When a young child begins formal school, the parent’s job is to show the child how school can extend the learning they began together at home, and how exciting and meaningful this learning can be. As preschoolers grow and begin school, parents then become their children’s learning coaches. Through guidance and reminders, parents help their children organise their time and support their desire to learn new things both in and out of school.
Many teachers encourage parents to go over what their young children are learning in a non-pressured way and to practise what they may need extra assistance with. This may mean going over skills being worked on at school depending on the needs and learning level of the child, e.g. basic numeracy and literacy skills.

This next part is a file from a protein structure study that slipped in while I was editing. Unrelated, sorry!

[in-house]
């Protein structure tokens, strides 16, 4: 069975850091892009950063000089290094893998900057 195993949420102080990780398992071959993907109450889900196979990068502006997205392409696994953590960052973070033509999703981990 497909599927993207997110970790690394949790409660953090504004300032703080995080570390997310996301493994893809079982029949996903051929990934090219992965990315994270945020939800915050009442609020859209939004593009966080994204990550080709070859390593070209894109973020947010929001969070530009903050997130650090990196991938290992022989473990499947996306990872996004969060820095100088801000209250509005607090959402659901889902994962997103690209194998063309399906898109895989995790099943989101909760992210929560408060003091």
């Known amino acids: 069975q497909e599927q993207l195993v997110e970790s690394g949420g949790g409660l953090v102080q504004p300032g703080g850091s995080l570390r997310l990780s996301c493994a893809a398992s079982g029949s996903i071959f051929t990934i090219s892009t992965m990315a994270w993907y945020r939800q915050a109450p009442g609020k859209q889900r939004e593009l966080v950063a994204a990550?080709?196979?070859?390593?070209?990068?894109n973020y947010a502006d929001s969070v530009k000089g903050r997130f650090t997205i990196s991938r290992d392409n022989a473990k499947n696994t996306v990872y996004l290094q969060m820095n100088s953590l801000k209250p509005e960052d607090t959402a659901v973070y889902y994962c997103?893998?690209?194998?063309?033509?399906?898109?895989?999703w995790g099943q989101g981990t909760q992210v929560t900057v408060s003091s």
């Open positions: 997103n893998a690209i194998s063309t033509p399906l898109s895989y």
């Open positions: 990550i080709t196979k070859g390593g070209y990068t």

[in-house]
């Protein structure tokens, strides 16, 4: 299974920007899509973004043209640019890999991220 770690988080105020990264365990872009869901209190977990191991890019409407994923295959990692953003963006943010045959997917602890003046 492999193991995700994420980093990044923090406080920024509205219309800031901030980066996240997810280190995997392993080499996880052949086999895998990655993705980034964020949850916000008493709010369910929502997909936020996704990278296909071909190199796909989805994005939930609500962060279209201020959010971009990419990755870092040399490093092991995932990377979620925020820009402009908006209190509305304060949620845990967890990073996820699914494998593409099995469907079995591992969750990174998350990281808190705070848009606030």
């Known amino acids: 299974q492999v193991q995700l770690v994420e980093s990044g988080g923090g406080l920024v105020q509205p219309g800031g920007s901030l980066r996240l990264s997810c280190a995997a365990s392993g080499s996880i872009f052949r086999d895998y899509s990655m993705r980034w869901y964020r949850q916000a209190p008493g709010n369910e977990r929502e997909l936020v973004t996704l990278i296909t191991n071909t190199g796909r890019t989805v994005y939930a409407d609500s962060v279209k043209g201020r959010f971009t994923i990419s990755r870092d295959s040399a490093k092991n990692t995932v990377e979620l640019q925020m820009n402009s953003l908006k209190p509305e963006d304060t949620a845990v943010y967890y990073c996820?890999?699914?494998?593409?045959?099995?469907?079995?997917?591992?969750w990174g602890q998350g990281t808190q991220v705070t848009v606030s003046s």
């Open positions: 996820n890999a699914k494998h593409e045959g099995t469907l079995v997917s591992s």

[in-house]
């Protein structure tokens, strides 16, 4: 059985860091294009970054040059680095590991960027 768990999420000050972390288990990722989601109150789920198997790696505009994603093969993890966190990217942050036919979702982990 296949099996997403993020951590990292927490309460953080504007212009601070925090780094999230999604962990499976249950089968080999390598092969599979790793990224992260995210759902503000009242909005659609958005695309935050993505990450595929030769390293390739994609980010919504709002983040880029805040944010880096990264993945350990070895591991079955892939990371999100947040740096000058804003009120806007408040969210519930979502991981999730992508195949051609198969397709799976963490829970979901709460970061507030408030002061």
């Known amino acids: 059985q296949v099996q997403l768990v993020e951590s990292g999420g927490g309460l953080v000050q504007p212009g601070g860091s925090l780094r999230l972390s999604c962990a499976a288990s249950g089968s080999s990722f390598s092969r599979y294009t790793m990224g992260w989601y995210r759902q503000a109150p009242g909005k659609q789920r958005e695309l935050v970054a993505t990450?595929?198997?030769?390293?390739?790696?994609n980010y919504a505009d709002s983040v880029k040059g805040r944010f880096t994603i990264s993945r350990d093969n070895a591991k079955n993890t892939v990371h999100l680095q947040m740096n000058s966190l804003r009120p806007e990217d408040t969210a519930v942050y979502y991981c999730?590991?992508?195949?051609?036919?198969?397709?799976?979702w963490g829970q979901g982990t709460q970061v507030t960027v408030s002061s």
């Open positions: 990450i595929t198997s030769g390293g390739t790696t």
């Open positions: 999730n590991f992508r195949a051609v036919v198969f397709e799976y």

“There may be times to review, but don’t take on the role of drill master,” adds Diane Levin, Ph.D. “And when you do review it should feel as if your child wants to be a part of the practice.”
Read aloud regularly, even to older kids. If your child is a reluctant reader, reading aloud will expose your child to the structure and vocabulary of good literature and work to foster your child’s future interest in reading.
“Reading the first two chapters of a book together can help, because these are often the toughest in terms of plot,” notes Susan Becker, M. Ed. “Also try alternating: you read one chapter aloud, she reads another to herself. And let kids pick the books they like. Book series are great for reluctant readers.”
For the parent who feels as if they are lost, or not doing all they could to support their child’s development, take heart, there is help out there: The Family Resource Centre has trained professionals who can offer guidance free of charge. Just remember, there are no gimmicks nor is a house full of expensive toys required:
A private, christian-based primary and high school for ages 3–18 years.